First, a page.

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dc.contributor.authorde-Torres, Juan P.en_US
dc.contributor.authorMarín, Jose M.en_US
dc.contributor.authorPinto-Plata, Víctoren_US
dc.contributor.authorDivo, Miguelen_US
dc.contributor.authorSanchez-Salcedo, Pabloen_US
dc.contributor.authorZagaceta, Jorgeen_US
dc.contributor.authorZulueta, Javier J.en_US
dc.contributor.authorBerto, Juanen_US
dc.contributor.authorCabrera, Carlosen_US
dc.contributor.authorCelli, Bartolome R.en_US
dc.contributor.authorCasanova, Ciroen_US
dc.date.accessioned2016-05-02T17:02:19Z
dc.date.issued2016en_US
dc.identifier.citationde-Torres, J. P., J. M. Marín, V. Pinto-Plata, M. Divo, P. Sanchez-Salcedo, J. Zagaceta, J. J. Zulueta, et al. 2016. “Is COPD a Progressive Disease? A Long Term Bode Cohort Observation.” PLoS ONE 11 (4): e0151856. doi:10.1371/journal.pone.0151856. http://dx.doi.org/10.1371/journal.pone.0151856.en
dc.identifier.issn1932-6203en
dc.identifier.urihttp://nrs.harvard.edu/urn-3:HUL.InstRepos:26860322
dc.description.abstractBackground: The Global Initiative for Obstructive Lung Diseases (GOLD) defines COPD as a disease that is usually progressive. GOLD also provides a spirometric classification of airflow limitation. However, little is known about the long-term changes of patients in different GOLD grades. Objective: Explore the proportion and characteristics of COPD patients that change their spirometric GOLD grade over long-term follow-up. Methods: Patients alive for at least 8 years since recruitment and those who died with at least 4 years of repeated spirometric measurements were selected from the BODE cohort database. We purposely included the group of non survivors to avoid a “survival selection” bias. The proportion of patients that had a change (improvement or worsening) in their spirometric GOLD grading was calculated and their characteristics compared with those that remained in the same grade. Results: A total of 318 patients were included in the survivor and 217 in the non-survivor groups. Nine percent of survivors and 11% of non survivors had an improvement of at least one GOLD grade. Seventy one percent of survivors and non-survivors remained in the same GOLD grade. Those that improved had a greater degree of airway obstruction at baseline. Conclusions: In this selected population of COPD patients, a high proportion of patients remained in the same spirometric GOLD grade or improved in a long-term follow-up. These findings suggest that once diagnosed, COPD is usually a non-progressive disease.en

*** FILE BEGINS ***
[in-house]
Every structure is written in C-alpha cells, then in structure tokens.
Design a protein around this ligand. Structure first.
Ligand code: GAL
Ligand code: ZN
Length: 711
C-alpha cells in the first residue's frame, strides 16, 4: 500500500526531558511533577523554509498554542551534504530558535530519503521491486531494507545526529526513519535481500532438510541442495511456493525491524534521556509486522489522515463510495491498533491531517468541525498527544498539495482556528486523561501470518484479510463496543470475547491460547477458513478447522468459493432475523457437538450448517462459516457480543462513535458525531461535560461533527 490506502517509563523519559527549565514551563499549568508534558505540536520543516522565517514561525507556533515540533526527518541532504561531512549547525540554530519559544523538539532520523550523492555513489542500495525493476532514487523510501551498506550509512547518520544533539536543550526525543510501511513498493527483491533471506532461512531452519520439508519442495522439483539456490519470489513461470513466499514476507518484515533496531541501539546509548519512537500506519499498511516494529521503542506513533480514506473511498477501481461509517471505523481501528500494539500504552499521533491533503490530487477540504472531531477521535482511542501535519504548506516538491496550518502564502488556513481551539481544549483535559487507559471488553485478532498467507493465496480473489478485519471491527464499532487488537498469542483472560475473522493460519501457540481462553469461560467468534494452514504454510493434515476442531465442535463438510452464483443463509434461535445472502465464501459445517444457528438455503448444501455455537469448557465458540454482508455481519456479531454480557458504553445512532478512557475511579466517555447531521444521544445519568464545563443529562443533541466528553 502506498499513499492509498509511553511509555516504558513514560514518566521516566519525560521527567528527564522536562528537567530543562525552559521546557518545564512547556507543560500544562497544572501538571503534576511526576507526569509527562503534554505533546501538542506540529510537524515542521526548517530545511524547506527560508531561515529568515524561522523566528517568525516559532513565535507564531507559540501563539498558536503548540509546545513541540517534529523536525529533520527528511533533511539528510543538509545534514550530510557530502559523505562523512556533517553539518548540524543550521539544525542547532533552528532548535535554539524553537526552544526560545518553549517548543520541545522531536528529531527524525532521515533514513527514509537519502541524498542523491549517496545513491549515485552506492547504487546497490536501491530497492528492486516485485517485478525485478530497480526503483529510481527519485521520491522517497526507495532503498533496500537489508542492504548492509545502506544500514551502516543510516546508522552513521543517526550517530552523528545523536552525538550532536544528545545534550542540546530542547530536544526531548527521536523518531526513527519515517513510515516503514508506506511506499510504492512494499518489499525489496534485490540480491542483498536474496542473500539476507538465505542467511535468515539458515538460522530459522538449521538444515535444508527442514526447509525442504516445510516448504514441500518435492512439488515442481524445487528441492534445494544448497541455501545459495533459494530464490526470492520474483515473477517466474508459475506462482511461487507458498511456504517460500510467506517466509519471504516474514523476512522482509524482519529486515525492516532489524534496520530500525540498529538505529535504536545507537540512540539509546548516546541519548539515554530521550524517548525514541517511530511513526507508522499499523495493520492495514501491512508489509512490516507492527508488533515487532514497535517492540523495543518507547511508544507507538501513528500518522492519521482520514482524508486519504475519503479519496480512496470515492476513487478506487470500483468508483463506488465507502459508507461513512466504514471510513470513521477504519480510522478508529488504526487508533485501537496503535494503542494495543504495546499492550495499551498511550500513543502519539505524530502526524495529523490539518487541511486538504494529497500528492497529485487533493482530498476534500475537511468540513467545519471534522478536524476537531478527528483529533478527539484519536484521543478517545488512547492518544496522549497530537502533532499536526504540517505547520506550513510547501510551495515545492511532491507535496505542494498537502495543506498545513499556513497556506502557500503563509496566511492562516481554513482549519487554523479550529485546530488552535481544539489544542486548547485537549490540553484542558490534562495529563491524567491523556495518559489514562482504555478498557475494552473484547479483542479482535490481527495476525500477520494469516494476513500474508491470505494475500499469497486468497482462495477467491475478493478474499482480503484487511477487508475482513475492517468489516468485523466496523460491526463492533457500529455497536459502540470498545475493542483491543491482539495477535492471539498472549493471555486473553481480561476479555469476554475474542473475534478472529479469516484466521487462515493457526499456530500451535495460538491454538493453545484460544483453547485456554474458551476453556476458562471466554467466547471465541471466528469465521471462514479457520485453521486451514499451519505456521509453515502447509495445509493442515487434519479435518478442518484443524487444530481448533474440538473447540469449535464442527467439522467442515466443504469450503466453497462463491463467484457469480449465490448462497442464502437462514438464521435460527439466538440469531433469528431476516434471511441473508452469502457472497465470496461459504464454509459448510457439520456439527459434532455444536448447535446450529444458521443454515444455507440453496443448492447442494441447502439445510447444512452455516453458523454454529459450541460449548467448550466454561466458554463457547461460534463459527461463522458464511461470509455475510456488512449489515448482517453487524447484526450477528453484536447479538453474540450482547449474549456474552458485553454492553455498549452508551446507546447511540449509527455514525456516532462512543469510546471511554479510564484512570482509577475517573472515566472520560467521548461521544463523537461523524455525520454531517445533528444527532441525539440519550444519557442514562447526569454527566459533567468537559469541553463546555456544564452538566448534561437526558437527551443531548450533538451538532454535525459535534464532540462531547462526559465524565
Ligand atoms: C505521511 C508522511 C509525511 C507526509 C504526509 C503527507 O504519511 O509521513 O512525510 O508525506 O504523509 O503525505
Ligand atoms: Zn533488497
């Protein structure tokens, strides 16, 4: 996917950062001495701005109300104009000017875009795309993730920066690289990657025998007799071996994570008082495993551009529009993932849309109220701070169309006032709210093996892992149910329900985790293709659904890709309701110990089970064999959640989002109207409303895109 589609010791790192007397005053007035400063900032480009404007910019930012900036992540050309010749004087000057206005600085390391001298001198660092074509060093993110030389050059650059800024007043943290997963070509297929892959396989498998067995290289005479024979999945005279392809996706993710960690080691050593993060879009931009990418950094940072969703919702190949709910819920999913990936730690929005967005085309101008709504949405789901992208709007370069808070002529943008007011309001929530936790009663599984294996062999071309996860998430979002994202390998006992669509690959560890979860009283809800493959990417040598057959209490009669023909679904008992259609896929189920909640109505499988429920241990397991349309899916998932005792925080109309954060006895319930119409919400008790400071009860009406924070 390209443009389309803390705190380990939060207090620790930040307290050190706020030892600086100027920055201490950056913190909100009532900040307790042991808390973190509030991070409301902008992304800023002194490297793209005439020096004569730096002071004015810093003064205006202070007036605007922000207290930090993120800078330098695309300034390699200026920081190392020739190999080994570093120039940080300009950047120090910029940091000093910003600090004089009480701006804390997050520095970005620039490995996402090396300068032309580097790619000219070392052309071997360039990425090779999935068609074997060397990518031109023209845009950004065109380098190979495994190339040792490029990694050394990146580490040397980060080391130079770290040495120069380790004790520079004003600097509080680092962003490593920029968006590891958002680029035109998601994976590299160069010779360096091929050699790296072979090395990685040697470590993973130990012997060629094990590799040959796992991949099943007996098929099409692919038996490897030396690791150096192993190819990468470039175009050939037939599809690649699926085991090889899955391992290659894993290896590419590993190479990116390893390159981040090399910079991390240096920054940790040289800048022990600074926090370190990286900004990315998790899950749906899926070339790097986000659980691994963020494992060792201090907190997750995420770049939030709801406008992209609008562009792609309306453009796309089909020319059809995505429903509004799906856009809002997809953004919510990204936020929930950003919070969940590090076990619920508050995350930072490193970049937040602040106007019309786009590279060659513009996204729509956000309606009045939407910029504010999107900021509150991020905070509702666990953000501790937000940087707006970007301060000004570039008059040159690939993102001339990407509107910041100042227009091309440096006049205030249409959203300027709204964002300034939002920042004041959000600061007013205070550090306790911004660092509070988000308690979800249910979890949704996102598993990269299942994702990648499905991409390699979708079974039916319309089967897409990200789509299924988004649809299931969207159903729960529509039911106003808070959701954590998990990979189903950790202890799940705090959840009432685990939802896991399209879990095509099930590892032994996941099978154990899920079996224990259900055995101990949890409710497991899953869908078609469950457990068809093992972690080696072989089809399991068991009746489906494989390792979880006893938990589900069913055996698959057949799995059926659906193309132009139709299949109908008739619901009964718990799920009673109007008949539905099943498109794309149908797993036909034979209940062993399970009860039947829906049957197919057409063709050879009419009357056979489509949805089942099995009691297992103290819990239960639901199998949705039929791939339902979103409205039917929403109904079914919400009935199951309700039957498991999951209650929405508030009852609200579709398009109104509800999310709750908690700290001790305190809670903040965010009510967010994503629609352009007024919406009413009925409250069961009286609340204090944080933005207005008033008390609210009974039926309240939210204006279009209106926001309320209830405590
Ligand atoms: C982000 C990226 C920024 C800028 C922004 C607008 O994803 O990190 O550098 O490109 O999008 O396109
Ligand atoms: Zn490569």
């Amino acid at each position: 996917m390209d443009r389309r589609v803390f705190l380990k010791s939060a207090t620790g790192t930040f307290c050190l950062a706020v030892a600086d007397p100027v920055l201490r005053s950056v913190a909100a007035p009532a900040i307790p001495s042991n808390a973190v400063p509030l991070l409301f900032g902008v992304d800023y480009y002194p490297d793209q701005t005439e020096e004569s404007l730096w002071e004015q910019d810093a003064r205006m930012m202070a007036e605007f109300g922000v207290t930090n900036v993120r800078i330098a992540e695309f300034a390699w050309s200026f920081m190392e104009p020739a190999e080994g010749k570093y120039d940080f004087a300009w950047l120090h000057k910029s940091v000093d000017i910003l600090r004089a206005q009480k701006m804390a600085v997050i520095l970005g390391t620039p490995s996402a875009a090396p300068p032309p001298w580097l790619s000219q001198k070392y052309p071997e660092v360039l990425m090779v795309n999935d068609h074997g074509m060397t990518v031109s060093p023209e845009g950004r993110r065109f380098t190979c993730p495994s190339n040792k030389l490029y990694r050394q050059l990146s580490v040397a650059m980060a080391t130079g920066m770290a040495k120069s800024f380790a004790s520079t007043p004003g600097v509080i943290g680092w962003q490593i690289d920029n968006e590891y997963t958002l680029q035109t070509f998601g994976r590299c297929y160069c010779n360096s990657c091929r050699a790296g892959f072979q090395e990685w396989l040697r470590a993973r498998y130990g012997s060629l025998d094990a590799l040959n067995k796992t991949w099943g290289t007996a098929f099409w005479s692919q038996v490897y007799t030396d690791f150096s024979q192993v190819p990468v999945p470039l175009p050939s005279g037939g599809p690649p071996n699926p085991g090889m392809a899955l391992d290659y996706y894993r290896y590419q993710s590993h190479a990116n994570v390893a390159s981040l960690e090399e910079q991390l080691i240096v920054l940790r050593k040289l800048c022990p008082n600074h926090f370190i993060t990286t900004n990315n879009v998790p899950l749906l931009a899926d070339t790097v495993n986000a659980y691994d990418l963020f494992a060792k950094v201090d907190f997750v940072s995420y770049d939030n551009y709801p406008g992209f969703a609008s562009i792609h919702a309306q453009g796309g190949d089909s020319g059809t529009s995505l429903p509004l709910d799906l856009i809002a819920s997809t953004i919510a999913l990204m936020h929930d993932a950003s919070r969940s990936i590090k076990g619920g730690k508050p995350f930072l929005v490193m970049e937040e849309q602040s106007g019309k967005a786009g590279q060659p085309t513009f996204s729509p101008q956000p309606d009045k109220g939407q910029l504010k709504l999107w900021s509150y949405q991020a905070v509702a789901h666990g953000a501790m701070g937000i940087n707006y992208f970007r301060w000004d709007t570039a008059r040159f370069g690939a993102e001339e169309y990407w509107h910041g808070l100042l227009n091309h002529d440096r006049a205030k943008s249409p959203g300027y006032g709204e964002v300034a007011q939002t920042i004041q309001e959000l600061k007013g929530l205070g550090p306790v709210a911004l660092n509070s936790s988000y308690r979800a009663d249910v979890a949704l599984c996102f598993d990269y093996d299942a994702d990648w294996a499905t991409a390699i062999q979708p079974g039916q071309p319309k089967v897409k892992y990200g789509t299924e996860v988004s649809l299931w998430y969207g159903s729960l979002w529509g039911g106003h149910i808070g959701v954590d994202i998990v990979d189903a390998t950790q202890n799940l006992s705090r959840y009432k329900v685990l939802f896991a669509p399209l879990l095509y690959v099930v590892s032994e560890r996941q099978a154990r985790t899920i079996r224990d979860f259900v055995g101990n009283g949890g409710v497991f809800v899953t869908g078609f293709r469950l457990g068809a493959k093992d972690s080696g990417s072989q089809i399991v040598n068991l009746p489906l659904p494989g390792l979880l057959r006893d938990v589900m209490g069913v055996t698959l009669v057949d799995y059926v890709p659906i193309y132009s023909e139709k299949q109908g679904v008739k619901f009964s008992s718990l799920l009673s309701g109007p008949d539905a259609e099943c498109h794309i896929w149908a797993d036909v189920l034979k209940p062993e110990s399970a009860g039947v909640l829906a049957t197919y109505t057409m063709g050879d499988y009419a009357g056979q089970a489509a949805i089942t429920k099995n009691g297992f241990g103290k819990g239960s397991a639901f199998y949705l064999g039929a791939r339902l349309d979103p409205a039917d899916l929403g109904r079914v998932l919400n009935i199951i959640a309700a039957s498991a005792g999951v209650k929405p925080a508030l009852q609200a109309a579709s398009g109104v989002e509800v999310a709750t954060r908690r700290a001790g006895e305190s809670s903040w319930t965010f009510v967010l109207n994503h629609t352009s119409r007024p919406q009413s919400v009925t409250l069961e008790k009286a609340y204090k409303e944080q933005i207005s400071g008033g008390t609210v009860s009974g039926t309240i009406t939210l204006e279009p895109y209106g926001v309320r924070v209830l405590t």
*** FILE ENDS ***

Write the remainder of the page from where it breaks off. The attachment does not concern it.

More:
dc.language.isoen_USen
dc.publisherPublic Library of Scienceen
dc.relation.isversionofdoi:10.1371/journal.pone.0151856en
dc.relation.hasversionhttp://www.ncbi.nlm.nih.gov/pmc/articles/PMC4839642/pdf/en
dash.licenseLAAen_US
dc.subjectMedicine and Health Sciencesen
dc.subjectPulmonologyen
dc.subjectChronic Obstructive Pulmonary Diseaseen
dc.subjectBiology and Life Sciencesen
dc.subjectPhysiologyen
dc.subjectPhysiological Propertiesen
dc.subjectPhysiological Parametersen
dc.subjectBody Weighten
dc.subjectBody Mass Indexen
dc.subjectBioassays and Physiological Analysisen
dc.subjectRespiratory Analysisen
dc.subjectSpirometryen
dc.subjectPharmacologyen
dc.subjectClinical Pharmacologyen
dc.subjectPathology and Laboratory Medicineen
dc.subjectProgressive Diseasesen
dc.subjectCardiovascular Medicineen
dc.subjectCardiovascular Diseasesen
dc.subjectDatabase and Informatics Methodsen
dc.titleIs COPD a Progressive Disease? A Long Term Bode Cohort Observationen
dc.typeJournal Articleen_US
dc.description.versionVersion of Recorden
dc.relation.journalPLoS ONEen
dash.depositing.authorDivo, Miguelen_US
dc.date.available2016-05-02T17:02:19Z
dc.identifier.doi10.1371/journal.pone.0151856*
dash.authorsorderedfalse
dash.contributor.affiliatedDivo, Miguel
dash.contributor.affiliatedCelli, Bartolome


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